Enzo Ferrari, I think, would approve.

To permit is not to condone

I saw a woman in full hijab on the platform at my local Underground station. It's a common sight in my neighbourhood. As a libertarian, I respected her right to dress as she likes. It does no demonstrable or significant harm to others, so it's entirely her business. It's certainly none of mine. If she is under family pressure to do so then, unless and until that involves violence, that's none of my business either.

That's all very simple, politically, but we libertarians often leave the impression that there's nothing more to be said. Or, worse, that we simply don't care. This post of mine was a good example - and a friend rightly reprimanded me for saying that I didn't "care" about group marriages, when I would be horrified if a family member or friend entered into one. He said libertarians give themselves a bad name by appearing to be uncaring and amoral, when actually we have as wide a range of ethical scruples as anyone else. All that we really agree upon is that the state should not interfere in matters of individual choice.

He's right and I think our perceived aloofness from morality does our cause great harm. Most people have richly-textured emotional and ethical responses and think odd those who seem not to. So, let me tell the full truth. I respected that woman's right to dress as she did, but I also felt a mixture of pity and contempt. My emotional response was much the same as if I had seen this man walking her on a leash. Nor would my response have differed if convinced that she freely consented. People are entitled to degrade themselves if they wish, so it should certainly be legal. That doesn't make it right.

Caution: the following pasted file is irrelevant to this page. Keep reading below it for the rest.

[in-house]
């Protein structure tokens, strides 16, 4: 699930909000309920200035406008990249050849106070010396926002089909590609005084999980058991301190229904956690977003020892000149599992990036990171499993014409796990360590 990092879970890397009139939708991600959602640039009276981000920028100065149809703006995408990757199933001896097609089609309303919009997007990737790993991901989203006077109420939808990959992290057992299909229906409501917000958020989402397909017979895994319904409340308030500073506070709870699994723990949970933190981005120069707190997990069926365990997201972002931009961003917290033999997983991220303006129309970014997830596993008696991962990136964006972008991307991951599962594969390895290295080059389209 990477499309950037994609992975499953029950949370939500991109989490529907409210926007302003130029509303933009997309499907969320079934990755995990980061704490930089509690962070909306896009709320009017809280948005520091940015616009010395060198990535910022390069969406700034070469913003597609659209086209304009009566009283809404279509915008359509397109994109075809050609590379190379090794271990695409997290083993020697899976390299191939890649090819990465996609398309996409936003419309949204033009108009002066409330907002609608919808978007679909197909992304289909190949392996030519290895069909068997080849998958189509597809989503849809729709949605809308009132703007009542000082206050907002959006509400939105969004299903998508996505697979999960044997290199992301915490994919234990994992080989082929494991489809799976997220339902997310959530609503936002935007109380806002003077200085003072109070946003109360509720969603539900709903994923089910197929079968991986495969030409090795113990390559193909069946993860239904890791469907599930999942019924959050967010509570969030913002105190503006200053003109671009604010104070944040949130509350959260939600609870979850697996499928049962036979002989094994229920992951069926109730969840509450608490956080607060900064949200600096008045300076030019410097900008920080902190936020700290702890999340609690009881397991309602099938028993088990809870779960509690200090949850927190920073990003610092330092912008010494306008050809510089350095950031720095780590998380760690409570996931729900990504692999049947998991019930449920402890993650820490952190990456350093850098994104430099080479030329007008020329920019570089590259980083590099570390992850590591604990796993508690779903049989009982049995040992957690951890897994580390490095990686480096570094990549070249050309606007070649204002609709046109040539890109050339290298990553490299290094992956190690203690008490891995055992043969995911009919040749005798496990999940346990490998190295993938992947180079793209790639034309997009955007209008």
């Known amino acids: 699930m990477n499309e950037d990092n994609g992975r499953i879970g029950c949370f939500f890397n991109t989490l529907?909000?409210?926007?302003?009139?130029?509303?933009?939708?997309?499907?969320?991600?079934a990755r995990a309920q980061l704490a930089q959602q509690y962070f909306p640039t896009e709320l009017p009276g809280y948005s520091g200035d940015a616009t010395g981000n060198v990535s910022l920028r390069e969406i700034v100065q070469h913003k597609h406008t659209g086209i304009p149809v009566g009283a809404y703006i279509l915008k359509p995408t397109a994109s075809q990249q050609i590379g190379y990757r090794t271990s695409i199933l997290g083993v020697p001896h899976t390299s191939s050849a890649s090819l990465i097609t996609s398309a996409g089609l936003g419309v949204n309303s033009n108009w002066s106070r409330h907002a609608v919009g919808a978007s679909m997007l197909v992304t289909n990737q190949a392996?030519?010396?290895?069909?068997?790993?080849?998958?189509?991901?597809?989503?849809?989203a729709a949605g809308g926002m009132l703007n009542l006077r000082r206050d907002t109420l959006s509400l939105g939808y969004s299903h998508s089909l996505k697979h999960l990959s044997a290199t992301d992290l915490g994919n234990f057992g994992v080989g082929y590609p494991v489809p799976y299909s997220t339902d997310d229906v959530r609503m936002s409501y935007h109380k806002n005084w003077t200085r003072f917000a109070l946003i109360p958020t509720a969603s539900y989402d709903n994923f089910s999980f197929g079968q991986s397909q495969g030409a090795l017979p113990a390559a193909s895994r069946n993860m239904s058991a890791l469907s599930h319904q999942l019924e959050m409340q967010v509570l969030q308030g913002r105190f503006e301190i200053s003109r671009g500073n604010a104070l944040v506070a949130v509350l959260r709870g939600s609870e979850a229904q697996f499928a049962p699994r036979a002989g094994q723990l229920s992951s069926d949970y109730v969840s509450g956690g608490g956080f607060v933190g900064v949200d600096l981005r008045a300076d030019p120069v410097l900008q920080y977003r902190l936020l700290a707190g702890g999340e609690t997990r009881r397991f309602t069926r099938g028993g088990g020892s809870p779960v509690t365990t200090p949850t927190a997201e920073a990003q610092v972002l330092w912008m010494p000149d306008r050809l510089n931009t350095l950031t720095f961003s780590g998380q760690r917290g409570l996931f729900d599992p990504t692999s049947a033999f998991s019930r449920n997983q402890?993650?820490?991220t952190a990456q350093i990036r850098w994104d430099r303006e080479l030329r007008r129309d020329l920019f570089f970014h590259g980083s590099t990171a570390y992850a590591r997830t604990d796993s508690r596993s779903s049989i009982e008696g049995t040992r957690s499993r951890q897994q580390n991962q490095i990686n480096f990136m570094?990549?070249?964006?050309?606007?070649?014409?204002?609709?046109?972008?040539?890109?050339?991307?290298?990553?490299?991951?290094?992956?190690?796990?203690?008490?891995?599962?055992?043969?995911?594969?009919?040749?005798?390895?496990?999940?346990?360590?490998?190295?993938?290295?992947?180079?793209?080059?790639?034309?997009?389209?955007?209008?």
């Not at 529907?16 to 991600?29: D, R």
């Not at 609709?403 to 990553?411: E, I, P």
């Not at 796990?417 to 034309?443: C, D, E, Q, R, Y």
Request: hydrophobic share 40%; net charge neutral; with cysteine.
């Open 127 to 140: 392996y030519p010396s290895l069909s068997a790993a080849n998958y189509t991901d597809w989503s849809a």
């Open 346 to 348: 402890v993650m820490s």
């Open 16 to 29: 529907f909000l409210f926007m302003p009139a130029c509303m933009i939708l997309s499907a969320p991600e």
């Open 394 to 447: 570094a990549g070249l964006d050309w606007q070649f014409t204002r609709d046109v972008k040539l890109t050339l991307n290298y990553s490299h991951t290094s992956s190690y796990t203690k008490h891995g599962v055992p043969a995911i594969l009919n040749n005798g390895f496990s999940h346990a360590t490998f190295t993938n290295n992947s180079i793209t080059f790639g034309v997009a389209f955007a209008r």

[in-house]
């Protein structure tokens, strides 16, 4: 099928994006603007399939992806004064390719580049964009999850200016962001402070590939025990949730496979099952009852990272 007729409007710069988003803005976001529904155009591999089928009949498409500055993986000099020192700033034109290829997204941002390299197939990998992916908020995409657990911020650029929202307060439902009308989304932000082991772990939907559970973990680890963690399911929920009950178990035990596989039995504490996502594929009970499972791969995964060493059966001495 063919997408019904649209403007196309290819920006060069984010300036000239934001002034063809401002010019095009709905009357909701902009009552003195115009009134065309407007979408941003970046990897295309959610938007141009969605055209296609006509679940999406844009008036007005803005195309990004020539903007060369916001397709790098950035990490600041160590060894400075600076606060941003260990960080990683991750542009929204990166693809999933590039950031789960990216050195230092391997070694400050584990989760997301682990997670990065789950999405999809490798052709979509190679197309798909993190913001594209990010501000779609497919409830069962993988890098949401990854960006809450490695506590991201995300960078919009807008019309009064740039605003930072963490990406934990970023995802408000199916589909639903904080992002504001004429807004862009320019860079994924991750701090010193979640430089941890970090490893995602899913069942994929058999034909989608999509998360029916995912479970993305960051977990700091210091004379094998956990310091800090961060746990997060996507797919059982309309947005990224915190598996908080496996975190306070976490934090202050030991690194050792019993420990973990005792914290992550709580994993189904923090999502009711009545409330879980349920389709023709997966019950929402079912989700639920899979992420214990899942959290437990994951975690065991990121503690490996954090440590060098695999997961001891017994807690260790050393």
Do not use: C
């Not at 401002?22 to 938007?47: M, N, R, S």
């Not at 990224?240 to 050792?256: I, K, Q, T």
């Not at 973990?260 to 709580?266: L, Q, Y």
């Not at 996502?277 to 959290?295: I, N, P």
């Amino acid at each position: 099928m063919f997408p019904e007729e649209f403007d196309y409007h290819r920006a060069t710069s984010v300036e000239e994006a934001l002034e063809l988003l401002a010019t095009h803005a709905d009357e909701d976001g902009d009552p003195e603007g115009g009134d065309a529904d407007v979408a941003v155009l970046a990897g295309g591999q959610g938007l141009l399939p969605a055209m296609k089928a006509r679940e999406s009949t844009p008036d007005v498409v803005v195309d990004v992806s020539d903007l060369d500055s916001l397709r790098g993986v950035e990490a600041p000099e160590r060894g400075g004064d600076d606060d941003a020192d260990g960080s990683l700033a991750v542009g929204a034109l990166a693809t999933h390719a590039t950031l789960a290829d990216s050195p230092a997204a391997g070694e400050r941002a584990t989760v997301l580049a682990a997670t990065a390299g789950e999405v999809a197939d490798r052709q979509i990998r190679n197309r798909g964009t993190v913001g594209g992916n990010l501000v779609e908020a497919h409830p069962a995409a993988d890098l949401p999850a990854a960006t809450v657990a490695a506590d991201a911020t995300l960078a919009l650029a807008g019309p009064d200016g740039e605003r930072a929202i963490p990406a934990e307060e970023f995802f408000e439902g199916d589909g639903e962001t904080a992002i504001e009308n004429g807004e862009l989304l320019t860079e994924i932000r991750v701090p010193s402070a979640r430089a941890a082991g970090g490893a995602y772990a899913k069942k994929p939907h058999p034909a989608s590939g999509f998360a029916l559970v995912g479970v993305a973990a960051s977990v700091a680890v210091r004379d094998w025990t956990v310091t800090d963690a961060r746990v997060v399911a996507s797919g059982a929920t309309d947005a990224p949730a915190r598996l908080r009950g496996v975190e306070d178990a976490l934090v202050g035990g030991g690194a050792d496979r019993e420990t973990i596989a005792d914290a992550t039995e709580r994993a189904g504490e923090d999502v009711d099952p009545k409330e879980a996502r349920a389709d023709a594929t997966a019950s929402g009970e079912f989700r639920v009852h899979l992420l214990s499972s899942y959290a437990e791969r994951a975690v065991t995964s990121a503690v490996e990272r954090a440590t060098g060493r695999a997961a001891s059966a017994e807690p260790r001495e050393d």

What Would a Free Society Look Like?

What Would a Free Society Look Like? : The Freeman : Foundation for Economic Education

The linked essay is a good honest summary and highlights our dilemma. The bad guys have a clear, seductive vision of a "better society". We, being either more honest or less delusional, don't. We can point to previous "better societies" that turned out rather worse than their promoters promised; Nazi Germany, the USSR, Cuba, North Korea and so forth. "Ah but", say today's visionaries, "they did not have us to lead them". If the vision is seductive enough (life, without effort; equality, without poverty) and the visionary is neither bald of pate nor crude of expression and manages to keep most of his ugliness on the inside, the people will tend to go for it.

For those who are prepared to apply themselves, some clarity is clearly possible. But this is a democracy and, let's face it, most of our fellow citizens are not applying themselves at all.